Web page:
Was he done for the night or the tour? At the time, it was a mystery.
Let’s review how we got here. Twenty years ago, on a musical landscape that feels very far away, two of the biggest acts to break through were a teenage Lil Wayne and Blink-182, a group of twenty-somethings trying their best to sound like teenagers.
As they aged, Blink and Wayne hit peaks at different times, but their careers have intersected now, in 2019, in a trough that has taken the shape of a co-headlining tour.
Thursday’s bill had promised nostalgic fun: a chance to revisit the entirety of Blink’s “Enema of the State” and to catch a falling star whom the former teenagers in the crowd might remember as one of the brightest lights in hip-hop.
But, quickly, it became clear that no one on stage was having fun.
Wayne went on first, and the nightmare of Woodstock ’99 came alive as his band turned a handful of hits into rap-rock assaults. He had tried this on his rock-oriented “Rebirth,” back in 2010, but now the 36-year-old rapper seemed worn down by the uneven decade since.
He confessed he wasn’t used to playing shows like this. The crowds were “not my swag,” he said. The rapper thanked Blink for bringing him along but admitted, “This might be my last night.”
Some disappointed Weezy fans groaned and moaned, and a few hit the exits, but most of the crowd shrugged it off — as did Wayne himself, a day later, on Twitter. “Yesterday was krazy!” he tweeted on Friday. “But I want all my fans to know I won’t be quitting this tour! I’m having too much fun with my bros blink-182.”
His bros Blink-182 — bassist Mark Hoppus, drummer Travis Barker and guitarist Matt Skiba, who has been filling in since founding member Tom Delonge left the band to search for aliens a few years back — followed Weezy’s early exit with some road-weary antics of their own.
They went through the motions of “Enema,” an album whose sophomoric juvenalia was already tired when it was released. Back then, the band at least seemed to be in on the joke. Wasn’t that the premise of “What’s My Age Again?”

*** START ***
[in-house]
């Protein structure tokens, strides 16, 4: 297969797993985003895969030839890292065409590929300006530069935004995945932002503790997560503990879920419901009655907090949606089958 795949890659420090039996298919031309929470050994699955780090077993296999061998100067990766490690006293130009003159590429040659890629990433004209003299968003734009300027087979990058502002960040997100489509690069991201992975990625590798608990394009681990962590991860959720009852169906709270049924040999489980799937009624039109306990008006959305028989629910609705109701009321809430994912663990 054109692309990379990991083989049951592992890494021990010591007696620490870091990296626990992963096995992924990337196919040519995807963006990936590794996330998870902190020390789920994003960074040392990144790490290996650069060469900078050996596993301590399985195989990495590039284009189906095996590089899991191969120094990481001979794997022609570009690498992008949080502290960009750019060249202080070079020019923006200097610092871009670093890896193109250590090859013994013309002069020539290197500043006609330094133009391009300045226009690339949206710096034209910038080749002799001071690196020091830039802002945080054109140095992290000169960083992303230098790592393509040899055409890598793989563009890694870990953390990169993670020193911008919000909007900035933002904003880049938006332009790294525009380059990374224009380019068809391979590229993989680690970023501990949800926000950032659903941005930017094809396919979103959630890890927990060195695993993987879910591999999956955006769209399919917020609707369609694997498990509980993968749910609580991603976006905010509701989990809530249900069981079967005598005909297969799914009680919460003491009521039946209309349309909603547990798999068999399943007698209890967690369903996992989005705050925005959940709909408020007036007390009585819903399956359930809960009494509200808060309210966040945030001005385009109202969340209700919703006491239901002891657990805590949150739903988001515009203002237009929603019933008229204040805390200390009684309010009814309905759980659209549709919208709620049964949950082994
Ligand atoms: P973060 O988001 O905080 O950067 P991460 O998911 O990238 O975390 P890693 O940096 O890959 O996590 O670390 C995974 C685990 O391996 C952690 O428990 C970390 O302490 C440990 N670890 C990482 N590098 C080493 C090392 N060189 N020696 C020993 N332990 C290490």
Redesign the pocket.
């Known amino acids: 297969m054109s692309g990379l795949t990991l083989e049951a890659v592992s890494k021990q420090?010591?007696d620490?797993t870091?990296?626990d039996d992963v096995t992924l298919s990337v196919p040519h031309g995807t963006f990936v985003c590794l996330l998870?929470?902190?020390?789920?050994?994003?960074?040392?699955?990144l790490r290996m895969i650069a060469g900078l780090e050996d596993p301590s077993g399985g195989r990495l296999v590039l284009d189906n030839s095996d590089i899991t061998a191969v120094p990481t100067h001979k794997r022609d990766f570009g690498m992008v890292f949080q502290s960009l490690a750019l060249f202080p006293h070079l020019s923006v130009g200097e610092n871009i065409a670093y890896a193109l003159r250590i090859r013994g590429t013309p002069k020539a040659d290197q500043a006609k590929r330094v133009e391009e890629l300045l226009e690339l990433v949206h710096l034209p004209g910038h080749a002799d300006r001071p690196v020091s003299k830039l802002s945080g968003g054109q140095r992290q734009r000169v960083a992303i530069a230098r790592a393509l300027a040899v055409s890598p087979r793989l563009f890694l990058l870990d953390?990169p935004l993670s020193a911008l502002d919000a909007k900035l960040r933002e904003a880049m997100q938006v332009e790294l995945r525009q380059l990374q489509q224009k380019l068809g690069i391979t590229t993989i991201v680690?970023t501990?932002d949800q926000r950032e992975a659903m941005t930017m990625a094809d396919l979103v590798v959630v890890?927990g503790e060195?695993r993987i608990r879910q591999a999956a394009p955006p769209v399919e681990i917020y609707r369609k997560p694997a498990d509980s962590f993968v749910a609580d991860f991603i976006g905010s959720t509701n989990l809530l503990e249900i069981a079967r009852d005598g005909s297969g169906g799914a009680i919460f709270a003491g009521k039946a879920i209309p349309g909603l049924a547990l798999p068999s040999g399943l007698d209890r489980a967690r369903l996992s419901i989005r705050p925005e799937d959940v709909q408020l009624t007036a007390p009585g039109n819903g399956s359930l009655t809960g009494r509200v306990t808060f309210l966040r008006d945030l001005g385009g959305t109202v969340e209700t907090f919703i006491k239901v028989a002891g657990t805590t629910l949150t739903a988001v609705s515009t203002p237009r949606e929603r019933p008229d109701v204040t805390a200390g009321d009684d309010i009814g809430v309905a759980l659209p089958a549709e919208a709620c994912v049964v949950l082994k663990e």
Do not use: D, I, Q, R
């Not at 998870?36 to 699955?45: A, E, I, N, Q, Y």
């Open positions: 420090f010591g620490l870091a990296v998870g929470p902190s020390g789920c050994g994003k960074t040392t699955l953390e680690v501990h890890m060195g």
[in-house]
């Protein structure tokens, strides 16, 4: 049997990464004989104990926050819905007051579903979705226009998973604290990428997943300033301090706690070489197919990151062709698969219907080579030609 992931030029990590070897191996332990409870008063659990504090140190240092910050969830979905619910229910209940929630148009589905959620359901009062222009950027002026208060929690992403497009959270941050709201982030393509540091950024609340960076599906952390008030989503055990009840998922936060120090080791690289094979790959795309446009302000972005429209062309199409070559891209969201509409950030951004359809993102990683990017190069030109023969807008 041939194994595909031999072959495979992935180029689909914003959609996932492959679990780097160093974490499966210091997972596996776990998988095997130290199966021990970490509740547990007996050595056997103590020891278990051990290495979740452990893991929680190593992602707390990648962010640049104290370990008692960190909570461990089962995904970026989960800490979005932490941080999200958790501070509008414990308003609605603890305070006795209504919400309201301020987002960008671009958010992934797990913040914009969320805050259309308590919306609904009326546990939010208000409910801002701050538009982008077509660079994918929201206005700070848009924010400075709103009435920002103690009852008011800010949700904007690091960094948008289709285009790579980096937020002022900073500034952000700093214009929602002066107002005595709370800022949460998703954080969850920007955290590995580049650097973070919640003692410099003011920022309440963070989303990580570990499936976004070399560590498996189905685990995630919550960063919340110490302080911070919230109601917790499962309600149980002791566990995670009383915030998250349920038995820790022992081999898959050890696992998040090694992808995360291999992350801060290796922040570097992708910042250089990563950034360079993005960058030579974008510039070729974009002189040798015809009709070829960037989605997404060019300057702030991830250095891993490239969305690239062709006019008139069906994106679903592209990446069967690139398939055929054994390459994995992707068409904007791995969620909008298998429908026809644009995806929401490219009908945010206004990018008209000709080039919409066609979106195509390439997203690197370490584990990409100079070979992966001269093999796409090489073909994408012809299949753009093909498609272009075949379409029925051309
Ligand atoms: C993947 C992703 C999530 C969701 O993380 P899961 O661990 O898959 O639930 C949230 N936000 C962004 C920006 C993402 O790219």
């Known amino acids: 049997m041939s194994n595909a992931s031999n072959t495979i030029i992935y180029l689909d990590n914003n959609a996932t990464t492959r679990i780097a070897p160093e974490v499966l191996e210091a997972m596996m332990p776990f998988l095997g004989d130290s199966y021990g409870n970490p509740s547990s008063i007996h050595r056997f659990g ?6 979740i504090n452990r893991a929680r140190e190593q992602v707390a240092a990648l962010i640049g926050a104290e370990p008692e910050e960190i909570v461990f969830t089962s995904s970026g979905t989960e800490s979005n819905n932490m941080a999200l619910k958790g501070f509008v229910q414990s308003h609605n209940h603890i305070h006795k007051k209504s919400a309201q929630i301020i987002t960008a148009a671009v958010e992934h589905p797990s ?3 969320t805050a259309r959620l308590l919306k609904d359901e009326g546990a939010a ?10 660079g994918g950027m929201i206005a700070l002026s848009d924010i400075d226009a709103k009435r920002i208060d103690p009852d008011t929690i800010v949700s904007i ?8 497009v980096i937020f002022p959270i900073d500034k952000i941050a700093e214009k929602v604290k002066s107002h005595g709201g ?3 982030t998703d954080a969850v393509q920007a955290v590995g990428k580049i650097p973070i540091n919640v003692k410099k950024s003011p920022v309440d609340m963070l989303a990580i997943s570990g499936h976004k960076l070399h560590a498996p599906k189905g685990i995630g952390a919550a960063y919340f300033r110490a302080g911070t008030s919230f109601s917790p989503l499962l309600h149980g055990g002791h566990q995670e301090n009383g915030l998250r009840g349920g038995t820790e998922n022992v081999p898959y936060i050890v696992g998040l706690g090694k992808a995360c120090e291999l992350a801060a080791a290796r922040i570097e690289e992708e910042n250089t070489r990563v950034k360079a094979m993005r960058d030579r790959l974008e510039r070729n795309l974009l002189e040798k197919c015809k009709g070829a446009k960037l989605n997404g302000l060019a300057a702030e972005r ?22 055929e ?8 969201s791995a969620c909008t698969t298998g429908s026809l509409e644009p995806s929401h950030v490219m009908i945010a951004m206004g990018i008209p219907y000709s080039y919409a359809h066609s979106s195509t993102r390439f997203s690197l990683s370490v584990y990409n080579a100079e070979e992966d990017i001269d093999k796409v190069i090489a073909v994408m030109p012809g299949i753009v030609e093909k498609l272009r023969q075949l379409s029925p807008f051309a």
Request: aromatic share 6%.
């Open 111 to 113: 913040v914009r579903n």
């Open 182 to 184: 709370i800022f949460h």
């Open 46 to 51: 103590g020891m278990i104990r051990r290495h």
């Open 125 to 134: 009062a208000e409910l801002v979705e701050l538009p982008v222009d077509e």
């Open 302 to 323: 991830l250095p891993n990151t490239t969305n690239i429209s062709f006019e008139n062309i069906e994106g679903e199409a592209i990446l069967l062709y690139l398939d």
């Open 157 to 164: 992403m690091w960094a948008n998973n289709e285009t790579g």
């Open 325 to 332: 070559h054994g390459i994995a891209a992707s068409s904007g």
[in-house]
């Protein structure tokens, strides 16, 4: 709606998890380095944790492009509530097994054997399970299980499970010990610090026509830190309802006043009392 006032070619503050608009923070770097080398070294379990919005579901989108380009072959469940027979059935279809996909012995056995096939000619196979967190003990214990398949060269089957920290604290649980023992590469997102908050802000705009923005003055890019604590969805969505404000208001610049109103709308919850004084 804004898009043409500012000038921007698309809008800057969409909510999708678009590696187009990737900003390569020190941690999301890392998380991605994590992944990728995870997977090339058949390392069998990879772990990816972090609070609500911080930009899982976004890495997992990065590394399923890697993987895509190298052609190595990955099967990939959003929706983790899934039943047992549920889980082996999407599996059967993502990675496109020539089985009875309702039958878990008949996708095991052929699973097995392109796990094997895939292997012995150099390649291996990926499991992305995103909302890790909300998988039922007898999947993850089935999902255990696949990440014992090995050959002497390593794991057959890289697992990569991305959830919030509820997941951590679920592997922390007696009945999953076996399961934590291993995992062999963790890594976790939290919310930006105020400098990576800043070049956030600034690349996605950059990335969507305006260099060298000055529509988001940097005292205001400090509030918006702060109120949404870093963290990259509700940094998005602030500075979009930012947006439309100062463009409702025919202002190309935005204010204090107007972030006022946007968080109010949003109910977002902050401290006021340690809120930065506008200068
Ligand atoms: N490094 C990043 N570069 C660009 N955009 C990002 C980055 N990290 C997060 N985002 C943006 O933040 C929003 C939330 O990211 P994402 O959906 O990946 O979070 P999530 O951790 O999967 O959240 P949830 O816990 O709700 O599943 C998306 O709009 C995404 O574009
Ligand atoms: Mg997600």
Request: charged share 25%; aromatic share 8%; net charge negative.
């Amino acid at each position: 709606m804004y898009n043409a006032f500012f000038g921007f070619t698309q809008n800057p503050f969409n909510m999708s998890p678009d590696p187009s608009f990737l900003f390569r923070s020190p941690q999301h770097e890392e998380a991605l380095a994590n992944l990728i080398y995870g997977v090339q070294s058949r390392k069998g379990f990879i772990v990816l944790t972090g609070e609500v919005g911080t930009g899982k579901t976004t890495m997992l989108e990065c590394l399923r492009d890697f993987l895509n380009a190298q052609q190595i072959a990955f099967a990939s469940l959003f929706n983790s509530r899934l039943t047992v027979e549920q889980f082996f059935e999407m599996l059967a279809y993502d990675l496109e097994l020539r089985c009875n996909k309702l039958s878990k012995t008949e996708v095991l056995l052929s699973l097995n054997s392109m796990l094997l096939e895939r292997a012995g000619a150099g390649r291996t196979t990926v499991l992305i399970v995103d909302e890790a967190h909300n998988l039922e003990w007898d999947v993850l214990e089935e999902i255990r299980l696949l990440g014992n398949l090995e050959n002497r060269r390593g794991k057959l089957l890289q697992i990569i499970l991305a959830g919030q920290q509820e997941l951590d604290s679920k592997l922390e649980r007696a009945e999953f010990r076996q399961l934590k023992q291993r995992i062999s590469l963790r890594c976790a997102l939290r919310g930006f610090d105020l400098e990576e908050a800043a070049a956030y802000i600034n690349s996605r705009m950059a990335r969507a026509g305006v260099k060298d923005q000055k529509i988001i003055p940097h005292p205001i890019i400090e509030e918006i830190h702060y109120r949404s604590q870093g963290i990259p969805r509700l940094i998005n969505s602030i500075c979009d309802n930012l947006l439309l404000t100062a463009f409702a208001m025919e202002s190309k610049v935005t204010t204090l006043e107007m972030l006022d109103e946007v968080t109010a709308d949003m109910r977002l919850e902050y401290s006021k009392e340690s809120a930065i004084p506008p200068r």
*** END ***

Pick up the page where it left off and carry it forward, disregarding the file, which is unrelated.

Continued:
Midway through the show, Hoppus quipped that they were going to play more songs “because we’re contractually obligated.”
Blink-182, never punk enough for true punk, had become its antithesis: the ex-jocks who loiter around the high school recalling their past glories. In front of giant prop amps, Hoppus and Skiba traded the microphone and fumbled through their parts, which were muffled by the amphitheater’s sound system in a way their pristine records never were. Barker remains a virtuosic drummer, but his machine-gun volleys have no target.
That was never more clear than during his Tommy Lee-meets-”American Gladiators” drum solo. Barker strapped in and jammed out to trap-dubstep cacophony for four minutes. Appropriately, he performed this self-gratifying fantasy alone while Hoppus caught his breath and Skiba adjusted his fedora.
Blink closed the night with “Dammit,” serving their best song with an extra helping of nostalgia on the side: Hoppus squeezed in a chorus of TLC’s “No Scrubs.” The crowd seemed to enjoy it but didn’t seem too discerning. After all, nostalgia — whether for “The Lion King,” “Friends” or white hegemony — is so in right now.
We can do better. Even Blink-182 knows that. They sang as much earlier in the night: “Don’t let your future be destroyed by my past.”